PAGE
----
A nice shot of Toby, underlit, finishes off the page. What an expression! What a character!

I'll wrap up Clint and Mac next week. Be here next Tuesday for the fireworks!

In the meantime catch up on other Clint & Mac installments or the 80+ Toth posts I've done the last two years for TothPix.

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King

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Fractured Fables Trade Paperback

The Fractured Fables anthology (Image) to which I contributed has been released now in softcover. To get a taste, read the Pippi van Wrinkles story I did with my pal, Len Strazewski and wife, Mary at my comics site, bluemoontoons.com.



We're honored to in such great company with creators such as Ben Templesmith, Terry Moore, Doug TenNapel, May Ann Licudine, Bill Alger, Alex Grecian, Christian Ward, Jill Thompson, Scott Morse, among many others. There's such a wide array of tales, tones and styles you're bound to like most presented here. And for only $4-5 more, one can still pick up the hardcover copy. Either way - good deal!

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TothPix: Clint and Mac part 9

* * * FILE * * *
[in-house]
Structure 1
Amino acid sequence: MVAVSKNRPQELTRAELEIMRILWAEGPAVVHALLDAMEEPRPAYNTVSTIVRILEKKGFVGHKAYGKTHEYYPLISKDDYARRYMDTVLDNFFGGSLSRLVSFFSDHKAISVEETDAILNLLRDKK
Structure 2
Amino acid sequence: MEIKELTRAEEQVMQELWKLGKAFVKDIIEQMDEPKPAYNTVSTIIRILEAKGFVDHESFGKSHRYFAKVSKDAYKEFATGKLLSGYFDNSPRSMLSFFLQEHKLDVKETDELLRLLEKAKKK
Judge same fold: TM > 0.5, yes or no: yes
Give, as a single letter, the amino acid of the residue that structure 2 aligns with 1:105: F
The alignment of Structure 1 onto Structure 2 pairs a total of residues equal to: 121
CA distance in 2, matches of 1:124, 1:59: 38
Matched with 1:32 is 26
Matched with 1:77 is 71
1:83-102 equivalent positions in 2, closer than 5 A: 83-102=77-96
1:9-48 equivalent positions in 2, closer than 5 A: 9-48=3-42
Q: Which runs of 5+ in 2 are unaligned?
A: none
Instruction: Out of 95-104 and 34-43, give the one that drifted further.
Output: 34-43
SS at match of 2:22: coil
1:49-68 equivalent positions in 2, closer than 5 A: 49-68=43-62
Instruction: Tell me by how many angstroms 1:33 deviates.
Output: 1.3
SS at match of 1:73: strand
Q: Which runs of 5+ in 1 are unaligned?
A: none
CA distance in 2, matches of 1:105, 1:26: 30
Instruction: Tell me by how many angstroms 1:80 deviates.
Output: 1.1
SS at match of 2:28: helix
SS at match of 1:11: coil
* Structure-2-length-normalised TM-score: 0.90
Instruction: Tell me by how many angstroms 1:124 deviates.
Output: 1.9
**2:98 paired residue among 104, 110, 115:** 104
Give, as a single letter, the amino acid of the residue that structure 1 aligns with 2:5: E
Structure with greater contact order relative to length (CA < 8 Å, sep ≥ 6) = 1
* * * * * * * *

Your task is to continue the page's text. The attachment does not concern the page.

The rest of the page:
More great stuff from the next pages of Alex Toth's Clint & Mac. For context, and/or to read the story in its entirety, visit Michael Sporn's splog. Top tier of page 25. The first panel is a 3/4 overhead shot. Of course, the perspective is spot on, the two figures placed properly, also in perspective. The shadows add depth, mass, drama, and lead the viewer's eye. Smith's face is obscured by his hat and shadow. Just behind Smith is the small corridor where the boys had crawled to cut the line. In the following frame, the Skipper discovers the boys, who've been hiding in the locker. Most of this frame is in shadow - more drama! Smith takes a look, and we see him from inside the locker, behind and framed by the boys in silhouette. Extreme cropping in the next panel, by borders and word balloons. Though the close-up and hovering Smith convey danger, they frame and direct our attnetion to Clint & Mac. Toth continues to move us around, in and out of the ship, varying angles for interest, establishing who's where, when. In panel 5, Toby and Smith are obscured by the silhouette of the skipper's foot and the ladder. All three bad guys take a secondary position to Clint and Mac and their plight. That's further developed in the final panel, with Smith shown from behind, separating and dividing the boys as their led to the bunks in the cabin. Though in a different environment, this shot is a 180 from panel 3. Cocky and resourceful throughout the story, the boys continue to plan. I love the angles and body language in these two frames. Mysterious and dark, the villains move about the ship, this time Toth cutting to a close-up of Toby making his way down the ladder. With the characters and ship well-established, this type of shot is atypical for most artists but not unusual for Toth. In this case, it adds to the feeling of danger and claustrophobia. More of that in the facing panel, but from a different angle as the Skip closes the hatch. God, I love this shot! Great angles, composition, spotting of blacks, shadows on objects and figure. That the skipper is cropped and obscured by his tilt of head directs attention to his action and the voice coming from the galley. Next page, frame 1. I wish I could concoct and construct a picture with such apparent ease and sophisticated design as Toth does here. The varied shapes, black areas, bold curve of the tunnel, perspective and car details - wonderful! That said, he's created a couple tangents with the top and bottom of the tunnel shadow which intersect with the top and rear of the car. Had he to do it over, I'm sure he'd move the car a tad further into the tunnel to offset those lines. Back in the boat, the boys are manhandled and silenced in this tight, cropped shot. A superb shot from below - what a stellar composition! The perspective, angles, expressions and action are so good, so natural, yet all in service to heightening the tension. Cropping is so important in Toth's work. There aren't many panels better than this to show how and why. We peer into the cabin from the entrance; an interior shot. The entrance on either side crops Toby and Clint, enhancing the action. Just look at Mac's head turned upward and away from us, drawn in so simple but effective fashion. The angle of Toby's figure in the foreground frames the rest of the panel, balancing the diagonal of Clint's shirt. Smith takes center stage here, but even his gaze and arm lead our eye to his thumb grabbing Clint's shirt. Clint's face is really the center of interest here, and go figure - way on the right side of the frame! The next and final panel of the page is a nice close-up of the skipper, looking a bit frantic as the authorities close in. We're nearing the end now. Maybe a couple more posts to finish off this story. So, more next Tuesday In the meantime, catch up on other Clint & Mac installments or the 80+ Toth posts I've done the last two years for TothPix.